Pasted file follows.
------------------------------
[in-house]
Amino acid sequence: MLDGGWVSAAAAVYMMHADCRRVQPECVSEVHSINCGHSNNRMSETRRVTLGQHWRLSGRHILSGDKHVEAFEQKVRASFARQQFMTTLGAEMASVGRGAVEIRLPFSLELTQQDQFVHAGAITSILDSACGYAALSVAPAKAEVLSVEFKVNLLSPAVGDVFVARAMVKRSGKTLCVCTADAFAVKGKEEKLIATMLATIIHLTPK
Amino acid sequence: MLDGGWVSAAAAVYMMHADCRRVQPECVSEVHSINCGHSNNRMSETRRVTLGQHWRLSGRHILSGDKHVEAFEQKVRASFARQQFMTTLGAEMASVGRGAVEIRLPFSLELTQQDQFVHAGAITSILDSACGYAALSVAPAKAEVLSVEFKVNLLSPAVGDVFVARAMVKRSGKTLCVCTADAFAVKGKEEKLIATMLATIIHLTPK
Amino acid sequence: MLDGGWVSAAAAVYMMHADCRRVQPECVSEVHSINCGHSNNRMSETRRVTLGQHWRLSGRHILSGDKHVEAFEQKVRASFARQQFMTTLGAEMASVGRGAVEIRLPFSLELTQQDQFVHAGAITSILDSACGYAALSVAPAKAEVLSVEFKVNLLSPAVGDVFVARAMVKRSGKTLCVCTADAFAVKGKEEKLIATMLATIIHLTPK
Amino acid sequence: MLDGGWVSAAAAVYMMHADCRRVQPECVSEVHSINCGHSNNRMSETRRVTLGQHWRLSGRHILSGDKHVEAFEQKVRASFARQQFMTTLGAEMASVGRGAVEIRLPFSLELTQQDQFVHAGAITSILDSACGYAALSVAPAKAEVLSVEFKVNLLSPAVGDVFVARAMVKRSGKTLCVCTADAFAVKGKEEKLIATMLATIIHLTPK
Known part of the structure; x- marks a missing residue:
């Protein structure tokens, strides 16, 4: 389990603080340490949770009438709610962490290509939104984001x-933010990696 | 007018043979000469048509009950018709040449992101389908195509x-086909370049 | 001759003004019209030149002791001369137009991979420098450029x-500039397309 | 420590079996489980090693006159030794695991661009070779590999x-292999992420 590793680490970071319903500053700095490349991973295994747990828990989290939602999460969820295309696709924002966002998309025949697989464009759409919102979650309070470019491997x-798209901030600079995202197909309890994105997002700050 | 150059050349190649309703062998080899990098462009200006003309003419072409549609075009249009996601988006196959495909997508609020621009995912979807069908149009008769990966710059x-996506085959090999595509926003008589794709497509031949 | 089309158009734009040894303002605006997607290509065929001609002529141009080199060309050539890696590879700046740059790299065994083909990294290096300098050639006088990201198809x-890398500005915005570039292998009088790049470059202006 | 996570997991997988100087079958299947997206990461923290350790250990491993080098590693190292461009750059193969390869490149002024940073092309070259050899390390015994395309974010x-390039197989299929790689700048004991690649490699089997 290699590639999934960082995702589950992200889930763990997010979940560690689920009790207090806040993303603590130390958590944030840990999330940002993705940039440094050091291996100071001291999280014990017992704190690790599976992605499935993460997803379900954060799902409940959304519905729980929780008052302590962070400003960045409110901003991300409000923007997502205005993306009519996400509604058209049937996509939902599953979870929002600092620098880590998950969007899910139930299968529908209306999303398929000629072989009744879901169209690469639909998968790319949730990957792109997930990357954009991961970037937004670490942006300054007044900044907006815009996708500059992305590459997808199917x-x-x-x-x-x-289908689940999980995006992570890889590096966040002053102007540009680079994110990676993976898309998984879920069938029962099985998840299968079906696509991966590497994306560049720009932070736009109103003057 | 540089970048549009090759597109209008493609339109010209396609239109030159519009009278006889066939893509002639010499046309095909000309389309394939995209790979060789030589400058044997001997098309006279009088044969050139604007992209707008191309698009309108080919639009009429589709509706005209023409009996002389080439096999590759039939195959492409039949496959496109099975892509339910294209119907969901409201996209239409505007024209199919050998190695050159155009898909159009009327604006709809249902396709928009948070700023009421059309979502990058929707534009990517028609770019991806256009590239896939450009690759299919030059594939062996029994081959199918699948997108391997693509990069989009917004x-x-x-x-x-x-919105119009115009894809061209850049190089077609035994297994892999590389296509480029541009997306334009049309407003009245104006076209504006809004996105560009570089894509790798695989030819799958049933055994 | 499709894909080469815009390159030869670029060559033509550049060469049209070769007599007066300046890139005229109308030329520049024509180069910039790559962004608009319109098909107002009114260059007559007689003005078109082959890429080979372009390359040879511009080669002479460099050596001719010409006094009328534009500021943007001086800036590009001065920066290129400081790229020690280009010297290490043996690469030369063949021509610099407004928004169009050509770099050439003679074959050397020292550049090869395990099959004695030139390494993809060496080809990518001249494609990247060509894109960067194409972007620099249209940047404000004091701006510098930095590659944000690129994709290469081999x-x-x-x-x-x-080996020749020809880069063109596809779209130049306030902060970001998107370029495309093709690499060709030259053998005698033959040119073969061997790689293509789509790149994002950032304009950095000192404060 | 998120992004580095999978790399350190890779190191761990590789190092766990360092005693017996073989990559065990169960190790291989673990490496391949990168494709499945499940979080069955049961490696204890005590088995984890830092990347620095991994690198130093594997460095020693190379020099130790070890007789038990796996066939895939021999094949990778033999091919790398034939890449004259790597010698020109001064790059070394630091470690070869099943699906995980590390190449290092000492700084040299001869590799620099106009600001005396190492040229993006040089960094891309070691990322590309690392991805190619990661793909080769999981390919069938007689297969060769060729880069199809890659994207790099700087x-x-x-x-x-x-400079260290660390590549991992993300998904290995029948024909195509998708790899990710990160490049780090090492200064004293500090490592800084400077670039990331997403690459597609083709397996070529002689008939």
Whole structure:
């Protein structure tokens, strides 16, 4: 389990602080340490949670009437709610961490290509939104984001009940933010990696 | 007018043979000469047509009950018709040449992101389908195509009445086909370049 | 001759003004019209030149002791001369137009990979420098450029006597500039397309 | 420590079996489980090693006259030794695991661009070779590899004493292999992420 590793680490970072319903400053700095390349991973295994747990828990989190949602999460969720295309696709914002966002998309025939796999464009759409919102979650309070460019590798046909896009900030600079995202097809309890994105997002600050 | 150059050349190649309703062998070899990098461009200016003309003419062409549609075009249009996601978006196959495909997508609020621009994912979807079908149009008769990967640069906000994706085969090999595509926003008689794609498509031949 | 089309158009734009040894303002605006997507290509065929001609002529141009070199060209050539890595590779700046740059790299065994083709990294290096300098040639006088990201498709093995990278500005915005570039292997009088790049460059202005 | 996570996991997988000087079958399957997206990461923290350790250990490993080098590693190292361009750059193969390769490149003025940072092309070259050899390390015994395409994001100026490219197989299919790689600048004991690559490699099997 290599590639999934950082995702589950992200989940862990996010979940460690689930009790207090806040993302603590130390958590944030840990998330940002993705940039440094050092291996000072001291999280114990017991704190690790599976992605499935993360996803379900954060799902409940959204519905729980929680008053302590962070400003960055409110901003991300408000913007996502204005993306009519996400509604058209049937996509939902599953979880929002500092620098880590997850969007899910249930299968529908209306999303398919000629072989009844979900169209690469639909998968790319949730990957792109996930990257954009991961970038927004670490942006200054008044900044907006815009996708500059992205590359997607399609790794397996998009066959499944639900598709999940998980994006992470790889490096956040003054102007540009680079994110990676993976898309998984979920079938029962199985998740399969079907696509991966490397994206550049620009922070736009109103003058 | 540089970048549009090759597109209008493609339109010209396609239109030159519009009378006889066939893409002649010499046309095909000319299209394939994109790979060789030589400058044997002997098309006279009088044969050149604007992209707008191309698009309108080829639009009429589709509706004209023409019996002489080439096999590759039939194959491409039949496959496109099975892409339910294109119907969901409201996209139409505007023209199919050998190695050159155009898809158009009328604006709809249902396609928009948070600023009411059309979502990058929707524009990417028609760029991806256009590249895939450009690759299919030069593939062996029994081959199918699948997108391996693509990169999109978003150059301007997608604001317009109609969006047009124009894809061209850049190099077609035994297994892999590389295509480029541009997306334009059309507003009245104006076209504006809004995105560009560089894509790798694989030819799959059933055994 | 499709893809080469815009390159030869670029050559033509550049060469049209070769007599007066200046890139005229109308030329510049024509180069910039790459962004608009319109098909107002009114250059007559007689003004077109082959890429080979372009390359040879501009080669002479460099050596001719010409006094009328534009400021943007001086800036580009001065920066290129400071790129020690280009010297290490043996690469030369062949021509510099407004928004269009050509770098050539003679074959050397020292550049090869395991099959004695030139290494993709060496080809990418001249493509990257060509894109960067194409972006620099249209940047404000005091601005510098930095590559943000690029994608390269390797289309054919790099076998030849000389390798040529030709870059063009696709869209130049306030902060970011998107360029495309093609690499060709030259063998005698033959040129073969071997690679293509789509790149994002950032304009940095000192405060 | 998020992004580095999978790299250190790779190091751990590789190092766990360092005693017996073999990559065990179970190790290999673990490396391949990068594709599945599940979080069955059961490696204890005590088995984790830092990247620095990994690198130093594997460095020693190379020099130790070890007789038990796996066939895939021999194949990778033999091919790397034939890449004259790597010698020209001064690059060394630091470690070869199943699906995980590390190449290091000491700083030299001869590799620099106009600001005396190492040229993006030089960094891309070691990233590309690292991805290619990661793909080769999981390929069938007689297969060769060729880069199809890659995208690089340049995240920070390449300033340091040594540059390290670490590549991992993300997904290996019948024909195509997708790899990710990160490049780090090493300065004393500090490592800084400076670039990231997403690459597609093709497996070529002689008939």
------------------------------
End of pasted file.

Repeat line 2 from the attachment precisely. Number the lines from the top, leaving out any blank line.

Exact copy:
Amino acid sequence: MLDGGWVSAAAAVYMMHADCRRVQPECVSEVHSINCGHSNNRMSETRRVTLGQHWRLSGRHILSGDKHVEAFEQKVRASFARQQFMTTLGAEMASVGRGAVEIRLPFSLELTQQDQFVHAGAITSILDSACGYAALSVAPAKAEVLSVEFKVNLLSPAVGDVFVARAMVKRSGKTLCVCTADAFAVKGKEEKLIATMLATIIHLTPK